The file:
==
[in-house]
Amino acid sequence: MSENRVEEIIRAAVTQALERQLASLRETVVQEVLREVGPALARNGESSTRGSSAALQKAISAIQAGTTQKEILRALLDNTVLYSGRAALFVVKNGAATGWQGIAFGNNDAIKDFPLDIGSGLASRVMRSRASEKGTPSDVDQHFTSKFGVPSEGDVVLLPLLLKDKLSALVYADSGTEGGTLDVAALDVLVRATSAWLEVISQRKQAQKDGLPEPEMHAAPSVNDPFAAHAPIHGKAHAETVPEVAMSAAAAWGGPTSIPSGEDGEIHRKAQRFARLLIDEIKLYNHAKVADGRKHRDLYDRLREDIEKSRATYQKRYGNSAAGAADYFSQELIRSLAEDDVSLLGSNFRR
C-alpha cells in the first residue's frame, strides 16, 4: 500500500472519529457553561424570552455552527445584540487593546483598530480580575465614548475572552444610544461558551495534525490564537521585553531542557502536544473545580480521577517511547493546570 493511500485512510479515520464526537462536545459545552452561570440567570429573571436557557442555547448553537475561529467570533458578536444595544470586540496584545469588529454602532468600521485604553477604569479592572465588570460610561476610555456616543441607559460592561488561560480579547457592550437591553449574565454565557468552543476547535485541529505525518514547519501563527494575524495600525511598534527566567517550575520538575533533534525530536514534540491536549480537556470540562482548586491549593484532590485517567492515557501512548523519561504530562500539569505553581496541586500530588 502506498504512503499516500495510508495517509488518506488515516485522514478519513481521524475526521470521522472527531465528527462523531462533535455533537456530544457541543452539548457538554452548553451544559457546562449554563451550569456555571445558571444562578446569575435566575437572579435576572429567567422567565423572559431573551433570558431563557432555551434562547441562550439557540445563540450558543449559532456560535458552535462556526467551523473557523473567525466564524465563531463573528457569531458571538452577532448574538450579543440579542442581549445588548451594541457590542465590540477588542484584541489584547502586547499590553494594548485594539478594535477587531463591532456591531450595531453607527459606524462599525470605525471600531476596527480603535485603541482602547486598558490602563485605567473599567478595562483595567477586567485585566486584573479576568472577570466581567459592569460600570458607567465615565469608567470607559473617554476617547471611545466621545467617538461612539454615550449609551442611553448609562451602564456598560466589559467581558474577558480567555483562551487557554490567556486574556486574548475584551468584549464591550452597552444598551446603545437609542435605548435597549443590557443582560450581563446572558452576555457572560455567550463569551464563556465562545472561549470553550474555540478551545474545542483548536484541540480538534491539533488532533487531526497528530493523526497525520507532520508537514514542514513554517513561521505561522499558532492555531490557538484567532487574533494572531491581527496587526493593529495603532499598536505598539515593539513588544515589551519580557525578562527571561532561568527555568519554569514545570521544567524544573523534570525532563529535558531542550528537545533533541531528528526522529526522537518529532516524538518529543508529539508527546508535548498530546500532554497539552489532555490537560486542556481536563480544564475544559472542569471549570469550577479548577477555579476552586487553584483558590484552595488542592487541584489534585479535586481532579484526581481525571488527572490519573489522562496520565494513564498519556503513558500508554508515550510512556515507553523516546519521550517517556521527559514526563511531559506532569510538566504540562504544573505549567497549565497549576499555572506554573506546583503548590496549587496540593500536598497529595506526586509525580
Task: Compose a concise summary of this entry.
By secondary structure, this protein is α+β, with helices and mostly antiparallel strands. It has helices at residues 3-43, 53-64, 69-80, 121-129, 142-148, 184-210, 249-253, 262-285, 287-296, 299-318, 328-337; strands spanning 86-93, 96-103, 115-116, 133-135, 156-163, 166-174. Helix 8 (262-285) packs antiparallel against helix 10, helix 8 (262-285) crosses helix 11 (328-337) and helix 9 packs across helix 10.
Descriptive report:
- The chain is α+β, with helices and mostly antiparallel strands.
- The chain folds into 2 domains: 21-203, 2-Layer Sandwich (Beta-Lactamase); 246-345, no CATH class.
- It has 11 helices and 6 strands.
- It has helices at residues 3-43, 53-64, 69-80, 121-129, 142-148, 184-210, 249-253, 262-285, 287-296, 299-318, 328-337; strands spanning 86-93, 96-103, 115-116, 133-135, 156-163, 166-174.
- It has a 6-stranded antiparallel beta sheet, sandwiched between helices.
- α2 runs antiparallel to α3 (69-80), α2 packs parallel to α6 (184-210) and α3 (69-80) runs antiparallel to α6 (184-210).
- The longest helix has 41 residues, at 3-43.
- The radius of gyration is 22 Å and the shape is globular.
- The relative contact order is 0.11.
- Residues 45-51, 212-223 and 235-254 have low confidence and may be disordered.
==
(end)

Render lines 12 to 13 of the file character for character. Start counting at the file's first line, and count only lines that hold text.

- α2 runs antiparallel to α3 (69-80), α2 packs parallel to α6 (184-210) and α3 (69-80) runs antiparallel to α6 (184-210).
- The longest helix has 41 residues, at 3-43.